Special Forces in Kabul continue Vietnam legacy
BAGRAM AIR BASE: US-led Special Forces hunting Al Qaeda and Taliban fighters are using techniques adapted from the ill-fated US conflict in Vietnam, the outgoing commander of Special Forces said on Thursday.
Comprising some 4,000 soldiers from seven nations, the US-led coalition’s special operations teams have established more than 15 ‘A-camps’ in remote locations to recruit and train Afghan forces, Colonel Walter Herd said.
“Each of those camps has various elements of national power,” including diplomatic, military and economic expertise, Herd told reporters at the coalition’s main base at Bagram, north of Kabul.
The A-camps, a concept used in Vietnam War which ended three decades ago, are “scattered across the country,” mainly in the south and southeast where a Taliban-led insurgency is at its strongest, Herd said.
They combine Special Forces with infantry, Afghan security forces and small groups of civil affairs, psychological operations teams and governmental agencies.
The camps “represent the only form of government in much of this war-torn land,” Herd said.
Since taking over command in September 2003, Herd has attempted to change the mission of the Special Forces from simply killing and capturing anti-coalition militia to refusing them a “safe haven”.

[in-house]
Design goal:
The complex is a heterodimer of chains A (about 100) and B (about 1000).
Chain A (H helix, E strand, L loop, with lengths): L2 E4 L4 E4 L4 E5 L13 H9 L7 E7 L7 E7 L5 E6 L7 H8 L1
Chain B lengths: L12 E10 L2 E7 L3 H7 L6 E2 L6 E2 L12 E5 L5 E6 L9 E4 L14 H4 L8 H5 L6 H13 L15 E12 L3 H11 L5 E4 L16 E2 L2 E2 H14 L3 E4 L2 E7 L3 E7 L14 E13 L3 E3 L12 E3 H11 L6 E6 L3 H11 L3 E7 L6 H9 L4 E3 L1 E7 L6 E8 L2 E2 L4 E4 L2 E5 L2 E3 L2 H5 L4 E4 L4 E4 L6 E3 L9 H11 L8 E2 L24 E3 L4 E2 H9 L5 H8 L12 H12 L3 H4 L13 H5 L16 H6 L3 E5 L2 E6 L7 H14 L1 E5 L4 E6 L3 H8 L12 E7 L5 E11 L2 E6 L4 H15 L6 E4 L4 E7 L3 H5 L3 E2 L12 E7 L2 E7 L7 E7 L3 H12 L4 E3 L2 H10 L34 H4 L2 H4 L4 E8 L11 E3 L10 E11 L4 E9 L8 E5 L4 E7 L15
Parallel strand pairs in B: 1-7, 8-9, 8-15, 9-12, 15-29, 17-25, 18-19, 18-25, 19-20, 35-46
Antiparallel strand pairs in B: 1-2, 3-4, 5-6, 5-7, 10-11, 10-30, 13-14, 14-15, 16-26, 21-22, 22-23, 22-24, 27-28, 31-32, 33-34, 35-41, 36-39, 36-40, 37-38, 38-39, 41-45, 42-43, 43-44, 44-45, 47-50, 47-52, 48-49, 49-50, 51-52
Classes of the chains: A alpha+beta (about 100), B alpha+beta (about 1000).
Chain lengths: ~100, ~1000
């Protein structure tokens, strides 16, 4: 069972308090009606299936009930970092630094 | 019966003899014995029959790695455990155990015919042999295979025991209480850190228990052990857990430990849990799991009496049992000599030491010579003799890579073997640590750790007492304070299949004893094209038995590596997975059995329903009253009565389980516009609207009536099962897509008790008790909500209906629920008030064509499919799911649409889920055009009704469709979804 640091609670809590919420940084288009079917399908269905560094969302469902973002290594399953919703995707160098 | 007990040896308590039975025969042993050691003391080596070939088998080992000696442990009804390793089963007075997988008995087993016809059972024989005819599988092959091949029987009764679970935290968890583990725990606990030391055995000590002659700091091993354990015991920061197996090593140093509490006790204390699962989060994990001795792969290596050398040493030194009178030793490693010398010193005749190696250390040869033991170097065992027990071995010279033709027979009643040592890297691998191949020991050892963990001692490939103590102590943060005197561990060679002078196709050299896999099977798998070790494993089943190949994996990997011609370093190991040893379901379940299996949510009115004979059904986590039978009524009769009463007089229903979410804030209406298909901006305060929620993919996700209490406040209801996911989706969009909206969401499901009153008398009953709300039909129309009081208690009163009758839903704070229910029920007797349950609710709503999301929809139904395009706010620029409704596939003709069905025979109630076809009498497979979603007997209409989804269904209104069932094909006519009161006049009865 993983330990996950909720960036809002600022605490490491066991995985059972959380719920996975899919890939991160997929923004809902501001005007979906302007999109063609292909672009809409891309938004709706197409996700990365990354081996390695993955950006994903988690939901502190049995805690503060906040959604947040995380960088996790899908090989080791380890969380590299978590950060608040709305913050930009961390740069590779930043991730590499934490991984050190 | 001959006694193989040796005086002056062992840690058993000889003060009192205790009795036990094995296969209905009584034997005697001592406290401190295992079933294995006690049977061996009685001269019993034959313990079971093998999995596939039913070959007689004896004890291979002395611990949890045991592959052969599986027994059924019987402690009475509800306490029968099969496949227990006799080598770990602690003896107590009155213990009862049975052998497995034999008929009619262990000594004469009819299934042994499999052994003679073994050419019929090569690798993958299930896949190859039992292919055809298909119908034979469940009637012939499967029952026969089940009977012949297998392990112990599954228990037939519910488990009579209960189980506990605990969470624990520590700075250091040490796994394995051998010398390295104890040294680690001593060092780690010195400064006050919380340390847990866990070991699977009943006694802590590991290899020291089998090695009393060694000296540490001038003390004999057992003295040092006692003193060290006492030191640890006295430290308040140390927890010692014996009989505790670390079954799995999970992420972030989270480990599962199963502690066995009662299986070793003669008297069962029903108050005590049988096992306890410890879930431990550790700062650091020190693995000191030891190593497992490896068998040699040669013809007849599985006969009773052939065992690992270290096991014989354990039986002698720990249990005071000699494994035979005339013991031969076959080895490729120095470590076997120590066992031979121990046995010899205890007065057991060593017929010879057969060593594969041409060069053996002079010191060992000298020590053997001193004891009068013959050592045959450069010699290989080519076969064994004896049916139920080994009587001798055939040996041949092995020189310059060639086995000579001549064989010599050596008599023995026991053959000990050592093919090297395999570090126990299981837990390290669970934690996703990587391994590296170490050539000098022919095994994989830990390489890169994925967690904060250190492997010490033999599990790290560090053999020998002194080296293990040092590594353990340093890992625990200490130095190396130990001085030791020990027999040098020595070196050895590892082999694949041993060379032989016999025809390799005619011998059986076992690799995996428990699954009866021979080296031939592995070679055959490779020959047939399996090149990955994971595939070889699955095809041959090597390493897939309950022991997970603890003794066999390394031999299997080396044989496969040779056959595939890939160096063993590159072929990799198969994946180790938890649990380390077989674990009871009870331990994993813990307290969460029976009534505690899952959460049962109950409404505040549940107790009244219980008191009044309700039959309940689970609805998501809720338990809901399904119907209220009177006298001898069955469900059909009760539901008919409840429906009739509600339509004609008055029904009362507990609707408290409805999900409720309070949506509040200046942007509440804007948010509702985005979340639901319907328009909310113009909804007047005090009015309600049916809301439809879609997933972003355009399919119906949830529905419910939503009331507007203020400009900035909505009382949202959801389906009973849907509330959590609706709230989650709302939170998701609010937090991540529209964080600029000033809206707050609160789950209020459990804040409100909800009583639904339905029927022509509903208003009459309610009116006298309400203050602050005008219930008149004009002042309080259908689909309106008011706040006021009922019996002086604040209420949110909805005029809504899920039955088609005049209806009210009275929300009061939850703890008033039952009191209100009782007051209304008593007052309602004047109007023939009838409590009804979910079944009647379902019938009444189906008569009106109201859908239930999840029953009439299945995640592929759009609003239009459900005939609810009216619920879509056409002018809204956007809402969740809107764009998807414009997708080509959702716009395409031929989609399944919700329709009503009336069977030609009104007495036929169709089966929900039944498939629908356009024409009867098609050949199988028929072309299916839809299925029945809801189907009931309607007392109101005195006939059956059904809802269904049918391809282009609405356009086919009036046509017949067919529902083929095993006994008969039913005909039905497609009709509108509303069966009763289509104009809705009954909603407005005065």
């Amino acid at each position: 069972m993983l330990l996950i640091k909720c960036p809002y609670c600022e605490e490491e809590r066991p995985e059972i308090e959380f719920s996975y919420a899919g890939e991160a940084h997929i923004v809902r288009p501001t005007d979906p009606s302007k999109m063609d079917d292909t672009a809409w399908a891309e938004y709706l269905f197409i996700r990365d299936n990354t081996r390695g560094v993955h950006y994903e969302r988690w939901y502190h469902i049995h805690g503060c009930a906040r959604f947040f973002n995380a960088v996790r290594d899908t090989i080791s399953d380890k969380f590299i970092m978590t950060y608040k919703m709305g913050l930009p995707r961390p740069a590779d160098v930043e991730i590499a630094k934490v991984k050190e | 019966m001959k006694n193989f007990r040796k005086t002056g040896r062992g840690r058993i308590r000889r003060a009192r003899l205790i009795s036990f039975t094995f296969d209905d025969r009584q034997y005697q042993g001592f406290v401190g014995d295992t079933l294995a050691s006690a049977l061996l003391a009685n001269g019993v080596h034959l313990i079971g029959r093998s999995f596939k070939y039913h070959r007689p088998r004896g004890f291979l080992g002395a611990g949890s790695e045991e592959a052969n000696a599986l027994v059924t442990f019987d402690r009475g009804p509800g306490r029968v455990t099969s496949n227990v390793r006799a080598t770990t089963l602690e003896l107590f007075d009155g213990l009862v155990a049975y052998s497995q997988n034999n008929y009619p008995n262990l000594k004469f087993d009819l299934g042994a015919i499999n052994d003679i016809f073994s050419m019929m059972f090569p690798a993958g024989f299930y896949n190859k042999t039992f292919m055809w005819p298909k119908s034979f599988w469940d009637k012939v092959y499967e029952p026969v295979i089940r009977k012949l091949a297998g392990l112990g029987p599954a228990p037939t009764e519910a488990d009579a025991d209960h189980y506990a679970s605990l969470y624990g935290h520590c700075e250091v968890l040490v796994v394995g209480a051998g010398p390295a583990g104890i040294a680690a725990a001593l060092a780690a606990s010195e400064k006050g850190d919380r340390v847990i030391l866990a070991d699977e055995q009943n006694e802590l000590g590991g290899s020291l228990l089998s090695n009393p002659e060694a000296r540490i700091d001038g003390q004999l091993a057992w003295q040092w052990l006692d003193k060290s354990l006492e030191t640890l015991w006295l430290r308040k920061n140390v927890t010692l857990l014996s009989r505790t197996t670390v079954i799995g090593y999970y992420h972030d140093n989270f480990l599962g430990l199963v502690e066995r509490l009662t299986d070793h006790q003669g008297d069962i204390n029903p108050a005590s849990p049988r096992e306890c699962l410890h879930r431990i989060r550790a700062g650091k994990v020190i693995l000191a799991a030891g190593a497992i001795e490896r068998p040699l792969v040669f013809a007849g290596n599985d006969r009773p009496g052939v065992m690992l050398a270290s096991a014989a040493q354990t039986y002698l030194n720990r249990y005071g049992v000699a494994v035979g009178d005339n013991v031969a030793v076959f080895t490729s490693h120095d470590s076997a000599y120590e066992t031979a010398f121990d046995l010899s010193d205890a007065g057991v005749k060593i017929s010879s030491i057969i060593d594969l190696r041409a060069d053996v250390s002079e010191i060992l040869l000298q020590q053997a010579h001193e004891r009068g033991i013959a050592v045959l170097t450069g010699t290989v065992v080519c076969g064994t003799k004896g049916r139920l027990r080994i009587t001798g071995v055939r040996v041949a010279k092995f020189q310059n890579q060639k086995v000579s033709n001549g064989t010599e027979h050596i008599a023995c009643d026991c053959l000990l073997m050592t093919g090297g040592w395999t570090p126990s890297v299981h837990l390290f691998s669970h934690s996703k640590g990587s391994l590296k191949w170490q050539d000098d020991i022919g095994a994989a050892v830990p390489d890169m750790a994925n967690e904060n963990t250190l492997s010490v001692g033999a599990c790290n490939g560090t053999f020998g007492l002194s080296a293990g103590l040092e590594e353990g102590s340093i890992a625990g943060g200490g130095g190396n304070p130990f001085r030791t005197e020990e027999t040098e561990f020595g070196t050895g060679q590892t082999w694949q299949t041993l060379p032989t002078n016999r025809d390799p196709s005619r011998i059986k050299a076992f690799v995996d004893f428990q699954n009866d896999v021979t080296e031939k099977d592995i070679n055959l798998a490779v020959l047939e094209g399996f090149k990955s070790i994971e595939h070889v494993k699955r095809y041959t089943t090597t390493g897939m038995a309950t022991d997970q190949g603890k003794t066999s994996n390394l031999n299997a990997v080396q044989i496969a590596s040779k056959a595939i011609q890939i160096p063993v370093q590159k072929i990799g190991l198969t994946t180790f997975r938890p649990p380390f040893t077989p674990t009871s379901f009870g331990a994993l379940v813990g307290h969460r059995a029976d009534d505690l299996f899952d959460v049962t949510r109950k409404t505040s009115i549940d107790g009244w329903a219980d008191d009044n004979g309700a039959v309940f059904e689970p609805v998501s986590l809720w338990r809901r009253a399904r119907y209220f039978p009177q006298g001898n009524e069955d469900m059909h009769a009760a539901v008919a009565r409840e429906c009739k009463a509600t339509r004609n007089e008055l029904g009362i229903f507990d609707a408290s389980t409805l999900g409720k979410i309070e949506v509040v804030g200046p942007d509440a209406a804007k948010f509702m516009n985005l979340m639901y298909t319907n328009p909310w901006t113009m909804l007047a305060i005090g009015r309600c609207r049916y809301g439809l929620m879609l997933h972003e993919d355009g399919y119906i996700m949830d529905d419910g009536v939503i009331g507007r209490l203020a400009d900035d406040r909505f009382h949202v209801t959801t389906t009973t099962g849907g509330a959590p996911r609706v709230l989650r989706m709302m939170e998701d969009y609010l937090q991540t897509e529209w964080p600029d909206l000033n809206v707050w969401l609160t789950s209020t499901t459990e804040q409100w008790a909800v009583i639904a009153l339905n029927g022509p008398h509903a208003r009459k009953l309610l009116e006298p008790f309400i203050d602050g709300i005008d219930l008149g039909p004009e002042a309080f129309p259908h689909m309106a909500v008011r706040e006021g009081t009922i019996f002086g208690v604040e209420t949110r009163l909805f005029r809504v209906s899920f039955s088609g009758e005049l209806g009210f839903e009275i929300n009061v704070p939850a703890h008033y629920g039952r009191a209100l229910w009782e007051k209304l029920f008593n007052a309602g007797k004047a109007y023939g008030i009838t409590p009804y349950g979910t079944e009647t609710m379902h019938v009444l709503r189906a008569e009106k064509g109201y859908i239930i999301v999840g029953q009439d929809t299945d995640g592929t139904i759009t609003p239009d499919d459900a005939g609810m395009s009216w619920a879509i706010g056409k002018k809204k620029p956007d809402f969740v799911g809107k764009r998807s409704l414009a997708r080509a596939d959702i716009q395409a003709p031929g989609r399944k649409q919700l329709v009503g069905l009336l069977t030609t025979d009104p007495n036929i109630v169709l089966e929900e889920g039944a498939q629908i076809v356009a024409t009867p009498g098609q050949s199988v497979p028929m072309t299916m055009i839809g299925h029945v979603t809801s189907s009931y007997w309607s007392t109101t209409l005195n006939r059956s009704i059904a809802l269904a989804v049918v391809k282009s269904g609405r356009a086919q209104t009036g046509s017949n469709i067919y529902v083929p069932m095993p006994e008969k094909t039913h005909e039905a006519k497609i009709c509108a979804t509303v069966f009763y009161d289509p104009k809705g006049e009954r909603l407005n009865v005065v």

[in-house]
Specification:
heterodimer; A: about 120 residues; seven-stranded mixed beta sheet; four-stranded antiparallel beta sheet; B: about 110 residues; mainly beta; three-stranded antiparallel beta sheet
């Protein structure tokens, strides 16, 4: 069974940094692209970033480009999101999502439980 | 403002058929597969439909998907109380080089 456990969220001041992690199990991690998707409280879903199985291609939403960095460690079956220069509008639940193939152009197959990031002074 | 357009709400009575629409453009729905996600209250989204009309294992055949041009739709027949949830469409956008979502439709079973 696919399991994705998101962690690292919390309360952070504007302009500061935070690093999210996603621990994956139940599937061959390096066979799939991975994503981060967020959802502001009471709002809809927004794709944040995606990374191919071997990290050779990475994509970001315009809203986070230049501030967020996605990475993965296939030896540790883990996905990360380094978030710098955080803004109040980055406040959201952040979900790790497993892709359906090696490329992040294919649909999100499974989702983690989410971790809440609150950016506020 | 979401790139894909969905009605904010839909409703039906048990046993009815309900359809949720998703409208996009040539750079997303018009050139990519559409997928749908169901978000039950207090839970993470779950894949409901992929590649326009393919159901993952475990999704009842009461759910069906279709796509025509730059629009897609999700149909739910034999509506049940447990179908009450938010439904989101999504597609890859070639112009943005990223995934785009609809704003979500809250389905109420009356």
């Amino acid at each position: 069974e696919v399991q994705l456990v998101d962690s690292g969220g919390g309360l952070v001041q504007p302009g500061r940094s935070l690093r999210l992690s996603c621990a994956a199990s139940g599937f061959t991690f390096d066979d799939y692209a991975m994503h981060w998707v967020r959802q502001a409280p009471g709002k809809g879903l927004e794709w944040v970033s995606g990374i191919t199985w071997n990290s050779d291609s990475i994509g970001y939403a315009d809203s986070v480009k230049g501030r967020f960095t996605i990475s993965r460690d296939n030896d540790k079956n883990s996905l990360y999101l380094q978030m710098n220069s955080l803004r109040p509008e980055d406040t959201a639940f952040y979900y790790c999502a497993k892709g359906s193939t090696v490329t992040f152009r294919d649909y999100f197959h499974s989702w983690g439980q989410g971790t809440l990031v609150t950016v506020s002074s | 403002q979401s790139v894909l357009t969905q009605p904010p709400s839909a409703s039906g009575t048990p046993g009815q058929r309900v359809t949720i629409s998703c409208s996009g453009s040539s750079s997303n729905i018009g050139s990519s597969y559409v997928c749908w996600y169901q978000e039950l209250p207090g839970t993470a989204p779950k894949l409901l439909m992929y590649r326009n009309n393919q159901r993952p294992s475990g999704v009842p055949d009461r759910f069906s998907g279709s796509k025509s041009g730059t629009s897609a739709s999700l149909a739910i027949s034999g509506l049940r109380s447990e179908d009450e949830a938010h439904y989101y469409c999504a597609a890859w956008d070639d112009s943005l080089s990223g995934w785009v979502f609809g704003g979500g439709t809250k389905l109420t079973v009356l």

“What we’ve tried to do is attack a couple of things — one, attack the insurgent, the enemy, the evil man with a gun. And two is to attack the insurgency, that’s the environment, the chaotic environment that allows that evil to survive here in Afghanistan,” he said.
“The end state is to win the war on terror. In this area what that means to stabilise the country of Afghanistan so that it can’t be used like a parasite uses a host.”
Herd said he did not know whether Al Qaeda mastermind Osama bin Laden or fugitive Taliban leader Mullah Mohammed Omar were still in Afghanistan or when they were likely to be captured, if ever.
“We could find him (bin Laden) this afternoon, or we could find him a year from now or we could find him 10 years from now, I certainly couldn’t give you an answer,” he said.
“What I think we can do though is change the conditions so that he is no longer welcome in Afghanistan. And if he spends the next 10 years or 20 years or 30 years running through the mountains looking over his shoulder that’s OK.”
Herd, a senior special forces green beret, said special forces still relied on translators to help gather intelligence and interact with local people but they were slowly learning the local languages of Dari and Pashto.
Special forces “have captured or killed more terrorists per capita than any unit in the global war on terror,” Herd told a ceremony to mark the end of his nine-month stint at Camp Vance, saying the figure was around 100 militants.
Some 20,000 US-led soldiers, marines, air personnel and special operations people are in Afghanistan to beat back the anti-government insurgency blamed on the Taliban, Al Qaeda and fighters loyal to renegade Afghan warlord Gulbuddin Hekmatyar, which is concentrated in the south and southeast. afp